Sunday, 28 February 2010

Coming Unstuck














New Year Lilies
© Teresa Kirkpatrick 2010

No, this isn't a reference to collage (although if you read the last post you could be forgiven for thinking that it was!), but to the fact that for several weeks I had a painting on the go which I couldn't finish - no, let's be absolutely clear here - I could barely start. Back in January I was given some beautiful lilies which sat in a vase on my windowsill looking like the perfect subject for a painting, with the wintry light slanting through the window behind. I was too busy to get the paints out then and there, so took some photos, put them on my inspirations board and let them simmer for a bit.














My first dilemma was the composition. Did I want to paint a vase of lilies? one lily? abstract lilies? portrait or landscape? I'm not used to being that indecisive. Eventually I decided on a landscape format - no vase - and found enough time to lay down the background wash. The colours I could see through the window were blue, yellow and green so I used ultramarine and indian yellow and lots of water so they ran into each other, and left it to see how things would turn out (see above pic) . When it dried I put in the slanting light with a sponge.














And then - nothing. A fortnight passed with no inkling of what to do next. Eventually in desperation I decided to treat it as though I were on a life painting course (the one where my tutor told me I was using watercolour like pastels), and blocked in the lilies with alizarin crimson, adding highlights of titanium white.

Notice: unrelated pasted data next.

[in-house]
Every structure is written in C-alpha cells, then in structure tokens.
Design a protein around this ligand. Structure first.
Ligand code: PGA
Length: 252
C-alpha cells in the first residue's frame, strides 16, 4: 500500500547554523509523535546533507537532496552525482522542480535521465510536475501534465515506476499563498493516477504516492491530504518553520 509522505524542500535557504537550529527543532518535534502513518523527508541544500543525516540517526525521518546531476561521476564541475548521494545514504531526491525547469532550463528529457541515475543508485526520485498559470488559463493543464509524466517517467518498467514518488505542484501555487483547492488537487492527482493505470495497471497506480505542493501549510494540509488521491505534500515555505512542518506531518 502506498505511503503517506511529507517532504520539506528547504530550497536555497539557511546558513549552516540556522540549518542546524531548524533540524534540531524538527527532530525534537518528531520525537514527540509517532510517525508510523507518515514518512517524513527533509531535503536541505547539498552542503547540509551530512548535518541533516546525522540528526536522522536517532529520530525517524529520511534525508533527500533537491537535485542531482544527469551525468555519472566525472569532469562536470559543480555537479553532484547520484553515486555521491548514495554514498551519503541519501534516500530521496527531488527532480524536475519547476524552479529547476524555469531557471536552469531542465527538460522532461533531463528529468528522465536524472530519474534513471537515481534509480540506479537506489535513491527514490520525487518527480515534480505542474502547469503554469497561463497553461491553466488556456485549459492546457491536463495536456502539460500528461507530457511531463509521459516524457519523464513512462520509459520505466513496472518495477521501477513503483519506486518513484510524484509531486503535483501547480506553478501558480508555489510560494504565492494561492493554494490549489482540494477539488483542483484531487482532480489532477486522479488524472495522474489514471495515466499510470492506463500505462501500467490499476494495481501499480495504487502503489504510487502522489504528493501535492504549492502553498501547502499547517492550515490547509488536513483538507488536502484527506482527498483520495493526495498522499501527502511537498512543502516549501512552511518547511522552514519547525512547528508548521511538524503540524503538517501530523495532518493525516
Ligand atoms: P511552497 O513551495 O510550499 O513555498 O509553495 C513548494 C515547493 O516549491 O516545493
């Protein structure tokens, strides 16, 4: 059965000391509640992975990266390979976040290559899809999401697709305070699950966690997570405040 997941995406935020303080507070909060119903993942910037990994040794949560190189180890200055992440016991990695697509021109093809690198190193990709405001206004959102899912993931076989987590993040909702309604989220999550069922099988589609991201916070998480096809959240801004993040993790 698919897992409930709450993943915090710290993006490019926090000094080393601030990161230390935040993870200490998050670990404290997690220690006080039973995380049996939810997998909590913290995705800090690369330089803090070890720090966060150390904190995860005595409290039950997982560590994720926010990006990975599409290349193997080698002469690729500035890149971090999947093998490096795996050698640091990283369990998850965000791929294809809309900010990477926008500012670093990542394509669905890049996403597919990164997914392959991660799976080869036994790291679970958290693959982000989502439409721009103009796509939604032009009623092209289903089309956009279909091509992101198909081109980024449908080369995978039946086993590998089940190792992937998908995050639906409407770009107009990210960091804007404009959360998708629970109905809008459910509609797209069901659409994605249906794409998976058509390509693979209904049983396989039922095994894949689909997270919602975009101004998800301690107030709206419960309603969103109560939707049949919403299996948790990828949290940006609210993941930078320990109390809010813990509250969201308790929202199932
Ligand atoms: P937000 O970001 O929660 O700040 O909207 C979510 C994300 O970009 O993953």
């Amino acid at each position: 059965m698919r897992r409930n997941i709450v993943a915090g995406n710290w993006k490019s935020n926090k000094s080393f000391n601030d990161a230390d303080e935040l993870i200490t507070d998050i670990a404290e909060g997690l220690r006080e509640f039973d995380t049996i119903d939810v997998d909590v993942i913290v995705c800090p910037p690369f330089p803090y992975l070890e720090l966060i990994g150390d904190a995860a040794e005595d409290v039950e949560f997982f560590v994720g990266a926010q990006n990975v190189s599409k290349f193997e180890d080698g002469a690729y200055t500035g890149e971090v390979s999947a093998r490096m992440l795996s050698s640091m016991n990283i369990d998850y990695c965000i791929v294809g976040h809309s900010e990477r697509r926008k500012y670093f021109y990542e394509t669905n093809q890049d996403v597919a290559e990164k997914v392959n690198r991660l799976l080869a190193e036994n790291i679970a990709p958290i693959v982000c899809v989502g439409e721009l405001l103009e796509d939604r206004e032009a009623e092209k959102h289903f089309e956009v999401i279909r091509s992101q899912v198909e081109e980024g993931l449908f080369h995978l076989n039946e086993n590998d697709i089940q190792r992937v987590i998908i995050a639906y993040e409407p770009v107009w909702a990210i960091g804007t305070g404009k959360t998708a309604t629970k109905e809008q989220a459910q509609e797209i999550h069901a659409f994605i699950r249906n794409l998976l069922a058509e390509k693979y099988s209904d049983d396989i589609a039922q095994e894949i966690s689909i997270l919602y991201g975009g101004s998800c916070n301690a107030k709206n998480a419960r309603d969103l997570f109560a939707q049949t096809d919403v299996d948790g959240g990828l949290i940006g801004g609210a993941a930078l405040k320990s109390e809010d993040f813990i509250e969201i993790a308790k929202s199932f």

So far, so good. I added some leaves and stems and stamens but it wasn't right; I'd forgotten the shadows. I still didn't like it, so I painted over the background with an ultramarine wash and - hey presto! - it came together. I could even see the slanting light through the wash.



















In summary, then: time spent thinking about painting: four weeks; time spent looking glumly at the background wash: two weeks; time spent completing the painting: 90 minutes. It's a funny old world . . .!

2 comments:

  1. Isn't it amazing what blood, toil, tears and sweat (ok, so only probably two of those in reality!) goes into creating just one picture? Actually the timings sound about right to me from things I've done myself! Another fascinating insight into just what inspiration really means.

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  2. Great to see the painting building up from the base wash - it's interesting to see how all the different stages come together at the end!

    Some things just take their time : -).

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